Riding Out the Storm: How AI and ML Can Make Banks More Resilient

  • Joe Rodriguez, Sr. Managing Director in Financial Services at Cloudera

  • 18.08.2023 12:15 pm
  • #ai #ml #banks

The notable failures of regional banks in the US, such as Silicon Valley Bank (SVB) and First Republic, have acted as a warning to financial institutions across the globe. Rapid increases in interest rates, unstable funding, and turbulent economic conditions are just some of the factors that led to recent banking upheaval and the collapse of SVB.

And while technology alone could not have prevented the banking crisis in the US, many banks across the world are still failing to leverage technology as innovatively and cost-effectively as they should be. For instance, to ensure the stability of the banking system, advanced liquidity risk models and stress testing using artificial intelligence and machine learning (AI/ML) could potentially serve as a protective measure.

To improve risk management, financial institutions need to modernise their data management and data governance practices by implementing a modern data architecture. This will make it possible to break down legacy data silos, simplify data management, governance, and integration – all whilst decreasing costs and increasing resilience.

Technology’s role in resilience

Previously, financial institutions could not accurately forecast and manage liquidity risk because of technological limitations. Now, due to the increasing maturity of machine learning, it is easier for institutions to analyse data at scale. Institutions can then layer this analysis with AI to automatically identify problems and initiate pre-labelled remediations in real-time.

For example, by incorporating data from new sources – such as social media feeds, geospatial systems or IoT streams – financial institutions can support liquidity monitoring and forecasting in real-time. If financial institutions can identify trends or events that could potentially impact liquidity using AI/ML, they can take pre-emptive action to manage risk.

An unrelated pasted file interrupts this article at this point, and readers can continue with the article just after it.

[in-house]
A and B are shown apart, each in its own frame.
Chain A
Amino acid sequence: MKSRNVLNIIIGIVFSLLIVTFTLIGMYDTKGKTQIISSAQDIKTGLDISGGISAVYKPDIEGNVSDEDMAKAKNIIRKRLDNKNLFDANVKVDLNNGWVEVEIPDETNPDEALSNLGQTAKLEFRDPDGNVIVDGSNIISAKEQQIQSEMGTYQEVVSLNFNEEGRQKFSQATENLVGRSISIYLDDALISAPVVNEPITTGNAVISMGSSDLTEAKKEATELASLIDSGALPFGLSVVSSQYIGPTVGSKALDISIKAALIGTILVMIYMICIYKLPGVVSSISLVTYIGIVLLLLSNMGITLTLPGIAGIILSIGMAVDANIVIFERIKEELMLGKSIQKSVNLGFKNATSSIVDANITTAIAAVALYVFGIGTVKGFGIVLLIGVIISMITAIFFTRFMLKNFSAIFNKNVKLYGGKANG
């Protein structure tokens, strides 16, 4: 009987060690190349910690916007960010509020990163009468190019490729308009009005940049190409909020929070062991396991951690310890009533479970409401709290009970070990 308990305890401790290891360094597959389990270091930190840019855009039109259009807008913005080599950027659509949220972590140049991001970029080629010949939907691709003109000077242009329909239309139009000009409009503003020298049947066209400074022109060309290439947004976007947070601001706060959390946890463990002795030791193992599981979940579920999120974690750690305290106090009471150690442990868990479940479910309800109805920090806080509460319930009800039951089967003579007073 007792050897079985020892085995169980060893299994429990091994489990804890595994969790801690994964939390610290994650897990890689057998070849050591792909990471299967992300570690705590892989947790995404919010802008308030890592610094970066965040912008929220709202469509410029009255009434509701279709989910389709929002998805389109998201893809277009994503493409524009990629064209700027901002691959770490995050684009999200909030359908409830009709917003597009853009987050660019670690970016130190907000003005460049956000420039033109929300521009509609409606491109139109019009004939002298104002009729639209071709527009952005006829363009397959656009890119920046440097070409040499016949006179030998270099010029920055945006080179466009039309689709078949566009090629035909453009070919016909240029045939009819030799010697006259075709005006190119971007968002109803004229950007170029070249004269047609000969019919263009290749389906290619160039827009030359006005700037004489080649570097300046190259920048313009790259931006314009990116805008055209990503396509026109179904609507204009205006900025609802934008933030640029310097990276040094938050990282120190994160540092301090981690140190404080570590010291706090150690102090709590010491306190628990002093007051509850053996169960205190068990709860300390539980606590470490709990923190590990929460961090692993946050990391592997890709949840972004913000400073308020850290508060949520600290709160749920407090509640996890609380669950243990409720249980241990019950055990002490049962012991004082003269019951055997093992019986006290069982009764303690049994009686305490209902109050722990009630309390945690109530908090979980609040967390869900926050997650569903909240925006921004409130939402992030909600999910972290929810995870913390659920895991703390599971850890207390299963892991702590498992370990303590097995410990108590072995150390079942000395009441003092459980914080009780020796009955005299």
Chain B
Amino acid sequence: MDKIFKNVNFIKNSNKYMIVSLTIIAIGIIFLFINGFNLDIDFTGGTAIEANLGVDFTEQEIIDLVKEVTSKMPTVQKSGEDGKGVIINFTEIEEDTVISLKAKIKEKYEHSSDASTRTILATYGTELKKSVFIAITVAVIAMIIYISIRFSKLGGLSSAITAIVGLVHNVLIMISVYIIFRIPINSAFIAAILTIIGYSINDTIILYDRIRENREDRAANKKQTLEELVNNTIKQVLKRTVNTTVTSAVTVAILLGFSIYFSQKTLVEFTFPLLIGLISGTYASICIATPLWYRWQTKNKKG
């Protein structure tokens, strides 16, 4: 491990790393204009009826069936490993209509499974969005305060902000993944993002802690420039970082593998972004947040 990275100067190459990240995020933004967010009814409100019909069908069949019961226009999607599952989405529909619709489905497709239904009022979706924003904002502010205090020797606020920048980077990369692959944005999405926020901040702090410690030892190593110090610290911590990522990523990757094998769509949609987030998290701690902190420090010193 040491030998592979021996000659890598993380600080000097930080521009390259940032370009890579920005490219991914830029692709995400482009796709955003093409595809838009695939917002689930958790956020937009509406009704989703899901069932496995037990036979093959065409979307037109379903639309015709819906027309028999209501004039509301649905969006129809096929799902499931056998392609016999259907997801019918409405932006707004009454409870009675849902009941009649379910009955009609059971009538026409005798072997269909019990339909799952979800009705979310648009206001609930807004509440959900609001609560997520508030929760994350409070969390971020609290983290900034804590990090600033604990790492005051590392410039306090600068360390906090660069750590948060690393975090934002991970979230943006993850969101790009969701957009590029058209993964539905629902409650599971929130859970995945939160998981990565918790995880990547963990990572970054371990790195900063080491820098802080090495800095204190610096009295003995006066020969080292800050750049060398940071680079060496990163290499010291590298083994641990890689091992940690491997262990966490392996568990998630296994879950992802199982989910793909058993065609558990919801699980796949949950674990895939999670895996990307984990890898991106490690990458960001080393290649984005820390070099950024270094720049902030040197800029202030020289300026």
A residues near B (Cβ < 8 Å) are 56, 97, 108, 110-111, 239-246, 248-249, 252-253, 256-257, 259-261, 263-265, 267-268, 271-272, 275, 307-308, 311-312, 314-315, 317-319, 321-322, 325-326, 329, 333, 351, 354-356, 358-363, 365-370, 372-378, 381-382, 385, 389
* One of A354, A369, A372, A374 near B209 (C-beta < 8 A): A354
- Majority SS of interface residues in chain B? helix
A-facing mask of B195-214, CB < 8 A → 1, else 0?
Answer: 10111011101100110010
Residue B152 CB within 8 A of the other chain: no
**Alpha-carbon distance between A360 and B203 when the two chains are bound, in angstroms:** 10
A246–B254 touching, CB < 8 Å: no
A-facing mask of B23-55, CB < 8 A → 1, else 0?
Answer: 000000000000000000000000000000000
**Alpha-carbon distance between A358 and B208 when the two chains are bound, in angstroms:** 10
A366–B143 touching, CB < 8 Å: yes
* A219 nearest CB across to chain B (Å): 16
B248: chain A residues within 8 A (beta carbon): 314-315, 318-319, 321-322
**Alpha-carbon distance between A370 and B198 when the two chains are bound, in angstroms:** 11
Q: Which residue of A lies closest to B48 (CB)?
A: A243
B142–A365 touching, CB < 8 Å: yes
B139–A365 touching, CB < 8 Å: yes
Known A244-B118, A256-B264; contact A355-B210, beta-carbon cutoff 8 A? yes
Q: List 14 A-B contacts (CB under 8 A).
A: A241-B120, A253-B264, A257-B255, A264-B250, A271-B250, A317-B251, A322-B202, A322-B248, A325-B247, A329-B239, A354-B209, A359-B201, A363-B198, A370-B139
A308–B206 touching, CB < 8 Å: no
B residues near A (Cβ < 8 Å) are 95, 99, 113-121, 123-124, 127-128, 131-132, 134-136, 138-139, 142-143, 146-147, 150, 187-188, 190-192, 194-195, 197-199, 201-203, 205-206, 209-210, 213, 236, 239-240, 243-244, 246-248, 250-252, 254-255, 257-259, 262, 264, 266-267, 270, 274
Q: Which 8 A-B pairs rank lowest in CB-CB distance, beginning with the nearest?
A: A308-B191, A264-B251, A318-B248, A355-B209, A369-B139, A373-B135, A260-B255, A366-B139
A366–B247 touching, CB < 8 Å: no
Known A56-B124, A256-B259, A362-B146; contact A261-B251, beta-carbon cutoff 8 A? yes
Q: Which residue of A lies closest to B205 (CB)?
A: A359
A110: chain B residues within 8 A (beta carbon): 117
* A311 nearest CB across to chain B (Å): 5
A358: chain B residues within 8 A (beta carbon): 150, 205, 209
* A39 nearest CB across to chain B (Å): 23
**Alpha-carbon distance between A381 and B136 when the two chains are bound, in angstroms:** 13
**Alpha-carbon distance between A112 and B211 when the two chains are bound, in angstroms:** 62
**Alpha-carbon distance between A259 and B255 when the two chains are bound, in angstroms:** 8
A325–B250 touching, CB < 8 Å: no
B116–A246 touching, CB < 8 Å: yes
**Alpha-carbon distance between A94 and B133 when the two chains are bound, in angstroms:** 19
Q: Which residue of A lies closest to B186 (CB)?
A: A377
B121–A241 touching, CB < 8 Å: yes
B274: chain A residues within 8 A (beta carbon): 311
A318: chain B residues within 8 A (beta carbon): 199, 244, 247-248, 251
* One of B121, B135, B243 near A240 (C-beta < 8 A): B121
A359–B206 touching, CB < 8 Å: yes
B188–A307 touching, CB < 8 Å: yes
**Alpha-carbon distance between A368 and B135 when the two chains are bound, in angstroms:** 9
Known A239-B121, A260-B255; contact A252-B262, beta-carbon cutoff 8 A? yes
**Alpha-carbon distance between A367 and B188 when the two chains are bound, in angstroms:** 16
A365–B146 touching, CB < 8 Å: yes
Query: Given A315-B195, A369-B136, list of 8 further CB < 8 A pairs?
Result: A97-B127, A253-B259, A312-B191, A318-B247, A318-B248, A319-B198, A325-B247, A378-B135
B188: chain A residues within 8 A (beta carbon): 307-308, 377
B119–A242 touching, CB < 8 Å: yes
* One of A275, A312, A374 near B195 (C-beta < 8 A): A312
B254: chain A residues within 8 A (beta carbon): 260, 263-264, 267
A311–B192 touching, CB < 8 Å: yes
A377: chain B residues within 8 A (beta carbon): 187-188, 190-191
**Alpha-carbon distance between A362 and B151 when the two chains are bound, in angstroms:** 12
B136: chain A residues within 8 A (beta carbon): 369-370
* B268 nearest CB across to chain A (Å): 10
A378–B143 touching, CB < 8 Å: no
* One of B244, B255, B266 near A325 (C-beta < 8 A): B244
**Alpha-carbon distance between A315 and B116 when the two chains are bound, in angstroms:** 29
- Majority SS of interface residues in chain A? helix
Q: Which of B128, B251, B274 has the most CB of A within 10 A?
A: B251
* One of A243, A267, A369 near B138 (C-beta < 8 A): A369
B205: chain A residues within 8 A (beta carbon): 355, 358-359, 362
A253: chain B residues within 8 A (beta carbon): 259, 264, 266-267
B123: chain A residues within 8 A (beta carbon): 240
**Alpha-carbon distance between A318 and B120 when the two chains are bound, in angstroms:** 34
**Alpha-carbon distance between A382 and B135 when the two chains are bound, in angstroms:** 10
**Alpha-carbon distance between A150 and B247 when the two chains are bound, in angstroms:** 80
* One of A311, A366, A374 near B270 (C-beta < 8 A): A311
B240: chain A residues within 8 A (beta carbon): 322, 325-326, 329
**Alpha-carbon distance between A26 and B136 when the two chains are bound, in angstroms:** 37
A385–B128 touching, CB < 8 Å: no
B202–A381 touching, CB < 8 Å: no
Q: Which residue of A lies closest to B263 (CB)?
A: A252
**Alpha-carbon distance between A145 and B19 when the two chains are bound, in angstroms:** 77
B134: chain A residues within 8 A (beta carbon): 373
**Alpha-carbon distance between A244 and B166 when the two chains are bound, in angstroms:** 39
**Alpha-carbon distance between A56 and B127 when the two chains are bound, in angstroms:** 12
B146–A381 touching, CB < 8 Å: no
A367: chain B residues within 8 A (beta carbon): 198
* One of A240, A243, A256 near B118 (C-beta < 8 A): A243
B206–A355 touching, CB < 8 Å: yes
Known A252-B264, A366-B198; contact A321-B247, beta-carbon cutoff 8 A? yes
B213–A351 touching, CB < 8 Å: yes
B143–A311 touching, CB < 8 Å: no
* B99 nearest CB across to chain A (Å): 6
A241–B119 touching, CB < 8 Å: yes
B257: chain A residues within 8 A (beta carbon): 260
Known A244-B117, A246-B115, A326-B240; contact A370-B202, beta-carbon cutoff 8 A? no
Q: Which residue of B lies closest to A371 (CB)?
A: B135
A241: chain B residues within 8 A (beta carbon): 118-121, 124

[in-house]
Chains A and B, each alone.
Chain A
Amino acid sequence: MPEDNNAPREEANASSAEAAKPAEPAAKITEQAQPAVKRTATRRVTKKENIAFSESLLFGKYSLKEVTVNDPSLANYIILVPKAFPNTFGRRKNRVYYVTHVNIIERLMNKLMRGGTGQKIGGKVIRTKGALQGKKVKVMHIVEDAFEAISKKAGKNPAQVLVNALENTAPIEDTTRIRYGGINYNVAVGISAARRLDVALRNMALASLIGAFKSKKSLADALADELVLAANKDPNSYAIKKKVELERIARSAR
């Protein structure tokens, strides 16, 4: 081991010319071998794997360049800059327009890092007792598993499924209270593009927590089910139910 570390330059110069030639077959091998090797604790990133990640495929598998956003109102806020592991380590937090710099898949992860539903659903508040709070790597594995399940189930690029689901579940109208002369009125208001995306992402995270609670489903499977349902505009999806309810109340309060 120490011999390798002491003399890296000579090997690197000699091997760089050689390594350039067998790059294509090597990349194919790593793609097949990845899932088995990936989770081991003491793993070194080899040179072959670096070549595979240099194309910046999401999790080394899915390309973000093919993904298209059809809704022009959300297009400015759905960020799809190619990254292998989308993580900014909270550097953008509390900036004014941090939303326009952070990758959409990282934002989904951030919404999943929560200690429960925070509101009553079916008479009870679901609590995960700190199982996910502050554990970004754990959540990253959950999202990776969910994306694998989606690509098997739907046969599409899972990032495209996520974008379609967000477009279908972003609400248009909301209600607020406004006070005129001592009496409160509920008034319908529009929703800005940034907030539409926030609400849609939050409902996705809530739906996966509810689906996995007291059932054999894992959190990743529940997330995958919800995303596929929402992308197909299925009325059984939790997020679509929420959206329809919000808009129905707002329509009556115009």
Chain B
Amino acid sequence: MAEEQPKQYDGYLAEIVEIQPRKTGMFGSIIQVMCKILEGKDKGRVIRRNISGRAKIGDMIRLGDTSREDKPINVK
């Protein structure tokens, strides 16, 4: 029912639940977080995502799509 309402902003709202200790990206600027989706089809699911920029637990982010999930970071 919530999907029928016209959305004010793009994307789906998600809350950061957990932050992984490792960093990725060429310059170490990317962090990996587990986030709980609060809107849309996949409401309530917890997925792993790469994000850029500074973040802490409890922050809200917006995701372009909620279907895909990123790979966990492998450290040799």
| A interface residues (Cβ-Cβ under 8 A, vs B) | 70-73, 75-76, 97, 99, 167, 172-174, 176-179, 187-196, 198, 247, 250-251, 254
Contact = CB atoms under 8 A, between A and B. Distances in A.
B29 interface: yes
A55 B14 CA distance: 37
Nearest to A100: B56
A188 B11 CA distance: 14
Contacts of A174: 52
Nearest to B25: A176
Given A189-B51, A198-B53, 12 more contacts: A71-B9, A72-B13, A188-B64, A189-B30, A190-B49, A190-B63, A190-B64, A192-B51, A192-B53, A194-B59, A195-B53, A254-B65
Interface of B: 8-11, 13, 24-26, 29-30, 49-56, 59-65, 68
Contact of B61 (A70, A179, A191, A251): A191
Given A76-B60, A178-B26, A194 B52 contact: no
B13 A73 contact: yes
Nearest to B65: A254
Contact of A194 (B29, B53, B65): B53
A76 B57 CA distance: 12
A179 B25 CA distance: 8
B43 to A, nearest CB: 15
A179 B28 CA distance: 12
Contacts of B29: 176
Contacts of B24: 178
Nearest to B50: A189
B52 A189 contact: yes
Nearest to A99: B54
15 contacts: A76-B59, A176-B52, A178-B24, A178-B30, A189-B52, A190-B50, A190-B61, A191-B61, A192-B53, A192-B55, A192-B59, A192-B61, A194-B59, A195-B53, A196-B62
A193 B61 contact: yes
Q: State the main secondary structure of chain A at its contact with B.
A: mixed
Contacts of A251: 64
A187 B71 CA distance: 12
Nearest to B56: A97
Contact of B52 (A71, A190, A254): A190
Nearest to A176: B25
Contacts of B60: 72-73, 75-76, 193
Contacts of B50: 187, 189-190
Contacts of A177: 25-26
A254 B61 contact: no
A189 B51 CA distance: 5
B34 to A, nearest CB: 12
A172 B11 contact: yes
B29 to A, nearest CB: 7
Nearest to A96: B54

Banks can also use predictive analytics and ML to formalise critical liquidity metrics. This enhances counterparty risk assessments and enables them to observe liquidity positions in real-time. Institutions can also use these techniques to design forecasting models that are more accurate at predicting intraday cash flows. Furthermore, by adopting real-time analytic dashboards that incorporate data from payment systems and other sources, financial enterprises can deliver the appropriate data to various stakeholders in a simple interface. 

ML techniques can also be adopted to realistically model and simulate stress scenarios internally. Sophisticated ML models can simulate known credit, market and liquidity risks in various stress scenarios and embed them into existing risk-management processes. Banks can then design scenarios to automatically govern and manage this lifecycle and develop alerts whenever risk levels change or exceed certain thresholds.

Giving AI and ML the tools to do the job

The benefits of these innovative approaches are clear, but there is one common thread that links them all if banks are to realise those gains – a reliance on data. Currently, as most financial institutions lack a modern data architecture, they are unable to manage, integrate and analyse financial data at pace. This is holding them back. In fact, our recent survey revealed that banks are not able to use a third (33%) of their data effectively.

By addressing this issue, they can responsibly and cost-effectively apply AI/ML to processes like liquidity risk management and stress-testing, transforming their ability to manage risk of any kind. Through implementing a unified data platform, banks can use AI/ML to analyse data from across on-premises and cloud. This gives them a complete overview of data over every core process and system – from loan portfolios to financial market data. By deploying this modern data architecture and giving AI and ML the opportunity to drive value from data, no matter where it resides, banks will become more resilient to external forces.

Riding out the crisis

The tools to help banks to effectively manage risk, govern and integrate data and scale across on-premises and cloud environments are available. But failing to modernise and deploy AI and ML will be a missed opportunity, as these technologies have the power to completely transform risk analysis.

Those banks that are able to harness the power of AI and ML to streamline risk management will be better placed to ride out the turbulent economic landscape. Those that do not use AI and ML to become more resilient will be on the back foot, and risk falling behind at a time where they can’t afford to do so.

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